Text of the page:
Earlier this year, Sony and Marvel struck a deal that would finally bring Spider-Man into the Marvel Cinematic Universe. One- mostly positive- side effect of this monumental agreement was that all of Sony's other Spider-Man plans had to be scrapped. That didn't exactly bother fans since it meant we wouldn't have to worry about another Amazing Spider-Man movie again, or that weird Aunt May spinoff, or any of the other "exciting" ideas Sony was cooking up. However, there was one project that had garnered some interest, and that was Drew Goddard's Sinister Six movie.
The idea of a super-villain team-up featuring some of Spidey's greatest foes could've been really cool but c'est la vie, right? If its death means that Spider-Man can be born into a shared universe with Captain America, Iron Man, The Incredible Hulk, and company then it's well worth it. So that was that, and it's now time to move on. Or so we thought.
According to Goddard, who's had strong ties to Marvel Studios even as he worked diligently with Sony on their old plans, we could still see his Sinister Six one day. After all, Marvel loves Goddard. He's a "Joss Whedon Guy" who created the hit Netflix series Daredevil, and who they've brought on for Season 2 even though he stepped away from Season 1 to work on Sinister Six.
In a talk with io9, Goddard explained how his Sinister Six film can still happen one day:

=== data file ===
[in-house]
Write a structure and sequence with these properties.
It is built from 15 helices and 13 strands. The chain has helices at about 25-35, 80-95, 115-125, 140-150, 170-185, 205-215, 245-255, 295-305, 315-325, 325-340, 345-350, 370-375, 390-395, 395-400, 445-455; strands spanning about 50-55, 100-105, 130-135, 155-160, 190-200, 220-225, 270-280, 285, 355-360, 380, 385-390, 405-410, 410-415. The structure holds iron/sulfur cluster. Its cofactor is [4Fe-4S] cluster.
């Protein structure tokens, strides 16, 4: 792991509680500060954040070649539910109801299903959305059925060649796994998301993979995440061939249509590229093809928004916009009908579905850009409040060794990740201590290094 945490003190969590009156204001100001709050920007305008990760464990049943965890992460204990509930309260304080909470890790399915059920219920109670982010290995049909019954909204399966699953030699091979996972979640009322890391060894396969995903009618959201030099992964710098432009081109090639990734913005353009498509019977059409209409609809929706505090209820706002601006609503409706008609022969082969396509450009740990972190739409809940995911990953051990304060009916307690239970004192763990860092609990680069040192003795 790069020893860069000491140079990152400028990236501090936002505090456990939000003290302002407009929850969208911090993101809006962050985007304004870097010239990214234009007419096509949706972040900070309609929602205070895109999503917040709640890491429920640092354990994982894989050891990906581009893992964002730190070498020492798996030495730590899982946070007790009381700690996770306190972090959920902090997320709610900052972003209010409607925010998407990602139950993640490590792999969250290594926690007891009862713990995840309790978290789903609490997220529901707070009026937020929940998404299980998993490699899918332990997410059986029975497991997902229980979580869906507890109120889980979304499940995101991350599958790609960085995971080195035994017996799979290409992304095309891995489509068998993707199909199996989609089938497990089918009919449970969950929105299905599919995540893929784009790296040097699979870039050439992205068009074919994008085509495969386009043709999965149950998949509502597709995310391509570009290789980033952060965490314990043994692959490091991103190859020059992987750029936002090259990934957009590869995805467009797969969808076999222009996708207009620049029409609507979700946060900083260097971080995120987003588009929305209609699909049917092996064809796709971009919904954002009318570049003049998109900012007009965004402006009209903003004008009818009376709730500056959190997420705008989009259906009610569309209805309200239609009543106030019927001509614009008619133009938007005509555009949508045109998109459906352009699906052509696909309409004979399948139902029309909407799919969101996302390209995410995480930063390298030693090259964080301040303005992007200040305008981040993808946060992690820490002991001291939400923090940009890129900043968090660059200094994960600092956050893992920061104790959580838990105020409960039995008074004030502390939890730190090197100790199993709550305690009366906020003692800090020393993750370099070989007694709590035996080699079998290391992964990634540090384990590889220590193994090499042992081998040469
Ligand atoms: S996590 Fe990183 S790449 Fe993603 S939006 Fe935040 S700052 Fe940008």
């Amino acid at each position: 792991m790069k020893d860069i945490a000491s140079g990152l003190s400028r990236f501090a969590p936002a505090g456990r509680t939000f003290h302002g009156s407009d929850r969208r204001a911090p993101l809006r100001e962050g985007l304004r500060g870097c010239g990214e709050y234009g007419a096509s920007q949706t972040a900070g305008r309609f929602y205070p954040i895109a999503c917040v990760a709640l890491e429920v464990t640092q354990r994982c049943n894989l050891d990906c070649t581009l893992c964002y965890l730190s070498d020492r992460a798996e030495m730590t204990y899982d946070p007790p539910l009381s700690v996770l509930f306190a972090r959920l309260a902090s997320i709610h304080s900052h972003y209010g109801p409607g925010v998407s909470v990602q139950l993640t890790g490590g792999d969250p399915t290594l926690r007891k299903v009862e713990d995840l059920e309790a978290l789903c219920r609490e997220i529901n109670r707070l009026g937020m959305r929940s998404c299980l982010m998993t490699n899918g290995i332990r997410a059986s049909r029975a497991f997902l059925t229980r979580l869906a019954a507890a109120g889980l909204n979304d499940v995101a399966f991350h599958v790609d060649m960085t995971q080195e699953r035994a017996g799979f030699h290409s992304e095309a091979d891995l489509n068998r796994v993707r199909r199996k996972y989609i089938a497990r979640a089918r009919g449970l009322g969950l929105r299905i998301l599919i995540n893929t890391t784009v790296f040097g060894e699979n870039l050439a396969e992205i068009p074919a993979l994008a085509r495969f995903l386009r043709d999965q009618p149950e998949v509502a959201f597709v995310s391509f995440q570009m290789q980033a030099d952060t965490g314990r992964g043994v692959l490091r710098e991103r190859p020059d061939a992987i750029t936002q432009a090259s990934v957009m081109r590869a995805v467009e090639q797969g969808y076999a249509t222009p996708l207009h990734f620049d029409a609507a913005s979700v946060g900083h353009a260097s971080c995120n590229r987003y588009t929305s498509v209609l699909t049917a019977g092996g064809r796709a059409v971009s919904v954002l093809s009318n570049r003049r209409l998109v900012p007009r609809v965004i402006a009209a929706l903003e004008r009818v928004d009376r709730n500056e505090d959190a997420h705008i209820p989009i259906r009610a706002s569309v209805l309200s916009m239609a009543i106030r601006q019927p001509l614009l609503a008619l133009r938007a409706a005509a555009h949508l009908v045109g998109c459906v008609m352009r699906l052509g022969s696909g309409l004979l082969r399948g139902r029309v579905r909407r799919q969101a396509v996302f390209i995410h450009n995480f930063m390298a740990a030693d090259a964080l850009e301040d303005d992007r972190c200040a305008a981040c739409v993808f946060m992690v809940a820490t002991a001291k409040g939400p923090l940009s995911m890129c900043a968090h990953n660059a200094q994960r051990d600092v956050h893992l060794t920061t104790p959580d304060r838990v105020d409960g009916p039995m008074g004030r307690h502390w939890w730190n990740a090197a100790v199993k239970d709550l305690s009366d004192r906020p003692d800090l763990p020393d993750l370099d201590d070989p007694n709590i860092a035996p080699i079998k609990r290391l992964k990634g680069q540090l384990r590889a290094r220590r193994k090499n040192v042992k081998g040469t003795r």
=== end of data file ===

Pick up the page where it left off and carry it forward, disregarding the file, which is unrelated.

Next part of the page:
"My vision of that movie was a summer annual. So you didn’t have to worry about continuity. It was just, ‘We take Peter, put him on an adventure, we put him back in his life.’ I intentionally wanted a movie that didn’t have to worry about mythology and continuity. It was important to me to make a movie that could stand on its own. So the good news is, you know, [laughs], it slots in very well to any plan anybody ever wants. We just need to let a couple years go by, I think."
Is he bummed that the movie, at least for now, has fallen off the slate?
"The tricky part about all this is I love this plan. I love that you get to see Spider-Man in Marvel movies. I think that’s a great thing. I’m on board with that decision because as a fan that’s what I want. So who knows what the future holds? This is Hollywood, man, you’ve gotta play the long game.”
Lastly, Goddard reveals that the film he wrote is less the "super-villain movie" that everyone theorized it was and more of an epic Spidey adventure:
"It was a Spider-Man movie. It was the giant, epic Spider-Man movie of my dreams."
Interesting. This approach would stand in stark contrast to Marvel's current cinematic strategy. In the MCU, even the films that seem the most "standalone," like Ant-Man and Guardians of The Galaxy, have enough of a connection to the rest of the Universe that it's easy to see how they fit into the larger story being told. The one film that seemed to be set mostly outside of the main story, Iron Man 3, has been criticized for being too "on an island." So it would likely take some convincing for Marvel to green light a film that's totally unrelated to "mythology and continuity."
Of course, with the conflicting reports about who really controls the direction of the Spider-Man movie franchise- Sony or Marvel- who knows? Maybe Sony will get the itch one day and pull the trigger on The Sinister Six anyway. Regardless, we now know that Goddard's film wasn't written to be directly tied to the Amazing series, so it can definitely be tweaked to work with whatever form the series takes in the years to come.
Does that get your Spidey senses tingling? Or are you happy to just flush all of Sony's old plans out? Discuss.